Reports that Coca-Cola plans to use surface water from Yamuna for its upcoming bottling plant near Dehradun have raised concern about power production from hydel projects on the river.
"If water is taken by Coke from Yamuna at Vikasnagar, it will surely affect the power production of our five major hydel projects," said G P Patel, managing director of the state-run UJVN Ltd, which produces 475 Mw.
Avadhash Kaushal, chairperson of Dehradun-based NGO Rural Litigation and Entitlement Kendra (RLEK), said: "Three major hydel projects were scrapped on the Bhagirathi river, which is a big loss to Uttarakhand. Since our state is facing acute power shortage, we will oppose any move that will affect the power production of hydel projects on the river Yamuna."
The river also provides water for irrigation to Haryana, Delhi and Uttar Pradesh.
Since Chief Minister Vijay Bahuguna holds both industry and power portfolios, the government is treading a cautiously on the issue. "If we explore different options, there should be no problem to supply water to the Coca-Cola plant. If need be, we can bring water from nearby canals instead of the Yamuna barrage. But there should be no controversy on the issue," said Rakesh Sharma, principal secretary, industrial development.
Coca-Cola signed an agreement on Wednesday with the government-controlled State Industrial and Infrastructure Development Corporation of Uttarakhand Ltd (SIDCUL) here for setting up a Rs 600-crore plant at Chharba village in Dehradun district, one of the first major investments in the state after the withdrawal of the hill-based tax incentives in 2010. The company's senior vice-president Patrick George said the plant might go on stream in 18 months.
The company's Indian bottling arm, Hindustan Coca-Cola Beverage Pvt Ltd (HCCBPL), would set up its 25th plant on 60 acres at the Chharba industrial area, 30 km from here.
The company has been assured by the state government that it would get clean water from the Yamuna river barrage at nearby Vikasnagar area. Over 1,000 people are likely to be employed in the new plant, said State Principal Secretary Rakesh Sharma.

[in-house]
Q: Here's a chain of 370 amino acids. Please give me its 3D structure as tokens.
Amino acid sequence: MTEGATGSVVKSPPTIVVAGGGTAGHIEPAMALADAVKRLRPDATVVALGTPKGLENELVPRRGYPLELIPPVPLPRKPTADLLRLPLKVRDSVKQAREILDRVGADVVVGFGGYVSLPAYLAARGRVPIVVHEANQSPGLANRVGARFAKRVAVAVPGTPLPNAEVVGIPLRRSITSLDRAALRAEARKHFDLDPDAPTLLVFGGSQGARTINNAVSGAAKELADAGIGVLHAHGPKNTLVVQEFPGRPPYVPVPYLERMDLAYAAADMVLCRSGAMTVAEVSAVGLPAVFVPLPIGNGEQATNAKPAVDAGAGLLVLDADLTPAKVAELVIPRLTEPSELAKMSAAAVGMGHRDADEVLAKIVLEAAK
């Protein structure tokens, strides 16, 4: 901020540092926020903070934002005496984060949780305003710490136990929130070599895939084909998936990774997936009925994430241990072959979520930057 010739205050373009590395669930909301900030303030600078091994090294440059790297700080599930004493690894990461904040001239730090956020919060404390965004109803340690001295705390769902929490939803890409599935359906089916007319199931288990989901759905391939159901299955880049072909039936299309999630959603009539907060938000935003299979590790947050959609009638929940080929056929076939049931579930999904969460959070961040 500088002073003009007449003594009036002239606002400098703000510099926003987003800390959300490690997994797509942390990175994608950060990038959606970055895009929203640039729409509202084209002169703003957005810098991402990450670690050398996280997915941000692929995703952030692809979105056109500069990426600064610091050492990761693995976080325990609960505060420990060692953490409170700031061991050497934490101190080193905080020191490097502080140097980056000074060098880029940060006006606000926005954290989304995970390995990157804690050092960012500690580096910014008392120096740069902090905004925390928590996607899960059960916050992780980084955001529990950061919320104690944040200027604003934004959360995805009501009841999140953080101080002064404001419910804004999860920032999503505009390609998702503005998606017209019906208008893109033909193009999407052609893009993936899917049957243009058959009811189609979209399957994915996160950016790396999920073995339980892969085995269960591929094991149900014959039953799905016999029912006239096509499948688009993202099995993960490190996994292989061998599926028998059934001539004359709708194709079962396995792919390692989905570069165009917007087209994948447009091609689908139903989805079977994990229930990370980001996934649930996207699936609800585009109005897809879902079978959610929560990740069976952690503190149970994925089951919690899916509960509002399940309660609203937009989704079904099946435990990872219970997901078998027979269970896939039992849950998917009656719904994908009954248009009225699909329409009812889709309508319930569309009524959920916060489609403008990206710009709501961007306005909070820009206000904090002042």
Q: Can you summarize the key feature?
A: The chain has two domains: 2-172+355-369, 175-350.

The agreement was signed in the presence of Chief Minister Vijay Bahuguna, HCCBPL Executive Director Shukla Wassan and Sharma, who is also Managing Director of the SIDCUL, the nodal agency for the industrial development in the state.
"This is a big occasion for us that Coca-Cola is setting up its beverage plant in Uttarkahand. This will give a tremendous boost to the investment scenario in the hill state," said the chief minister after the signing of the agreement.
The chief minister also said the hill state has unique features like peaceful atmosphere, less crime and labour problems that make the investment climate better than other states.
The company handed over a cheque of Rs 1.60 crore as earnest money to SIDCUL to purchase the 60 acres for Rs 95 lakh an acre. The total cost of the land would be Rs 57 crore.
The company would initially produce most of its major products like non-alcoholic carbonated beverages, juices, fruit-based drinks from its proposed plant, said Sharma.
Significantly, Coca-Cola refused to take any incentives being offered by the state government. "We are surprised that the Coke did not take any incentives from us. They could have easily got 25 per cent discount in land price but the company refused to take any incentive offered by the government," said Sharma.